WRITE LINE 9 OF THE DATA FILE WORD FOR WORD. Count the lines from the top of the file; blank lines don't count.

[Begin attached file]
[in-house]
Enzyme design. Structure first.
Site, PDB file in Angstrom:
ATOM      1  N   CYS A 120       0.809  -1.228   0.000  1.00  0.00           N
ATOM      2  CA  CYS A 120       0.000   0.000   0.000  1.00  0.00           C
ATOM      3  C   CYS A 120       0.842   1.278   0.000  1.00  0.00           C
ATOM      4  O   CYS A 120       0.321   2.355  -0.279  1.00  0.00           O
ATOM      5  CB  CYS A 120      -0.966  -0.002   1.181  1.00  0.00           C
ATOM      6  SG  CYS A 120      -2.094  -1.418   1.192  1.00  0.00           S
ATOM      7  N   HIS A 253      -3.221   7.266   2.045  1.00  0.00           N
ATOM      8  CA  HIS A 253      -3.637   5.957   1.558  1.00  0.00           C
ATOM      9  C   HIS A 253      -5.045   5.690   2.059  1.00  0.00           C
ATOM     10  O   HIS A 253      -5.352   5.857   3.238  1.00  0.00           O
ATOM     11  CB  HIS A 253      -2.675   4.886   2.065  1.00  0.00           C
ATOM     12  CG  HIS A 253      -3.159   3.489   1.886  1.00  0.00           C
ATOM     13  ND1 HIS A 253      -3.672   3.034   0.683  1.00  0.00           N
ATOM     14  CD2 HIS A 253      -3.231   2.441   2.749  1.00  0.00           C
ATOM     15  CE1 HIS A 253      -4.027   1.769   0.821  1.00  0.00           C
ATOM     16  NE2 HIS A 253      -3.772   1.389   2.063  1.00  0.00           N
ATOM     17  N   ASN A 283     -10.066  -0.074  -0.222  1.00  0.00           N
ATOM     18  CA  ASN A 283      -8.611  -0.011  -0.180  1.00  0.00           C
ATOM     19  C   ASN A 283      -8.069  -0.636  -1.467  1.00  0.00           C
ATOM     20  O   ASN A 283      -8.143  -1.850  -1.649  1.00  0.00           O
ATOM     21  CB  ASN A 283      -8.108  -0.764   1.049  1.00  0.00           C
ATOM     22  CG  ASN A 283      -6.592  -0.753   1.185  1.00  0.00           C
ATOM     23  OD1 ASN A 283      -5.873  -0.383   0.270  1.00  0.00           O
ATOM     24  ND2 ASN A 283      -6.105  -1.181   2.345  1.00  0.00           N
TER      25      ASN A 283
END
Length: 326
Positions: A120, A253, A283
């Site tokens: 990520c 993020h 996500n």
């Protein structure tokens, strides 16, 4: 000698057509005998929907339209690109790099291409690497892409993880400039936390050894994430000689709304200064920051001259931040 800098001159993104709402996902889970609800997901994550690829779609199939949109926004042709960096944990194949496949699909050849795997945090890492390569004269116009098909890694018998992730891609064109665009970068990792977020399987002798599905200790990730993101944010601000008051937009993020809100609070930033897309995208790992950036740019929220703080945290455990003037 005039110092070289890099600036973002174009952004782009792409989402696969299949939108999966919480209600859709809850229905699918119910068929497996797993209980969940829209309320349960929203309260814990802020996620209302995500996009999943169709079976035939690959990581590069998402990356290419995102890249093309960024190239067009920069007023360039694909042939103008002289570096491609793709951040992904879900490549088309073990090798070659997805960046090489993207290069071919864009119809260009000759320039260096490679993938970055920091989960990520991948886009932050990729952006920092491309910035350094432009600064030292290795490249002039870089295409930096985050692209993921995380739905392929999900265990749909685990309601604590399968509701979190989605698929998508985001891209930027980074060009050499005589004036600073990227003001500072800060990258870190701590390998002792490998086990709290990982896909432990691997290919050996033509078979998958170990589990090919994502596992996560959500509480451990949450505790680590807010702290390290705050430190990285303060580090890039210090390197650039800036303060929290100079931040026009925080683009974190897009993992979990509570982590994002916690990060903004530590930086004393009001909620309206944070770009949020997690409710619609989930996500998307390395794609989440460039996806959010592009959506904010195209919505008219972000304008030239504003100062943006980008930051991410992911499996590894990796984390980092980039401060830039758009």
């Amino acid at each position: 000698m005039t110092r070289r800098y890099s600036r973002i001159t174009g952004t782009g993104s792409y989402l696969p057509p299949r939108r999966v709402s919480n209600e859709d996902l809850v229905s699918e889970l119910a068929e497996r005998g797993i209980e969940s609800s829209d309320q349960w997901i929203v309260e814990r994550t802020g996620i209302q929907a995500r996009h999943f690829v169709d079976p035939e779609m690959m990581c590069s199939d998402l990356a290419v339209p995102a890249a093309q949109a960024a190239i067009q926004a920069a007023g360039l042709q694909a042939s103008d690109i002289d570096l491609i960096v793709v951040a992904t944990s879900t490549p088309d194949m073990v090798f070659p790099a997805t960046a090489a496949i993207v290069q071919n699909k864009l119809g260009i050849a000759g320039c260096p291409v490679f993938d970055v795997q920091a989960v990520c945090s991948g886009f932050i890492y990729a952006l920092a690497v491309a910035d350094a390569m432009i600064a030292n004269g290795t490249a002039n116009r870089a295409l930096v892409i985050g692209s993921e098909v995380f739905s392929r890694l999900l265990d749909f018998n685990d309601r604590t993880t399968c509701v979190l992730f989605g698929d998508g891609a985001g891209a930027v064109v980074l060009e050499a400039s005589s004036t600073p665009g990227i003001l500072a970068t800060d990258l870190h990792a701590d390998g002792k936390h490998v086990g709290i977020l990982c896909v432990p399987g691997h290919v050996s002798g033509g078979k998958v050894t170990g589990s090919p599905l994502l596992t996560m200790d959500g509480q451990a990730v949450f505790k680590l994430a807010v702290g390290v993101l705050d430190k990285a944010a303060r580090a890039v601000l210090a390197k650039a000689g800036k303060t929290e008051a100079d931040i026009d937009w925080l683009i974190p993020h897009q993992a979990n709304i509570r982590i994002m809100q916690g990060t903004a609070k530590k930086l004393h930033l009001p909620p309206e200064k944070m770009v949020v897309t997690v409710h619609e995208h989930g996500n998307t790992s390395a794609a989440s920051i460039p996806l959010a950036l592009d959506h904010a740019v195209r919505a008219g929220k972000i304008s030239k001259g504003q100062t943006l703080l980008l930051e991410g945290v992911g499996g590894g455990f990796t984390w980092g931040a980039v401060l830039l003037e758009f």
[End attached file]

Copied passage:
ATOM      6  SG  CYS A 120      -2.094  -1.418   1.192  1.00  0.00           S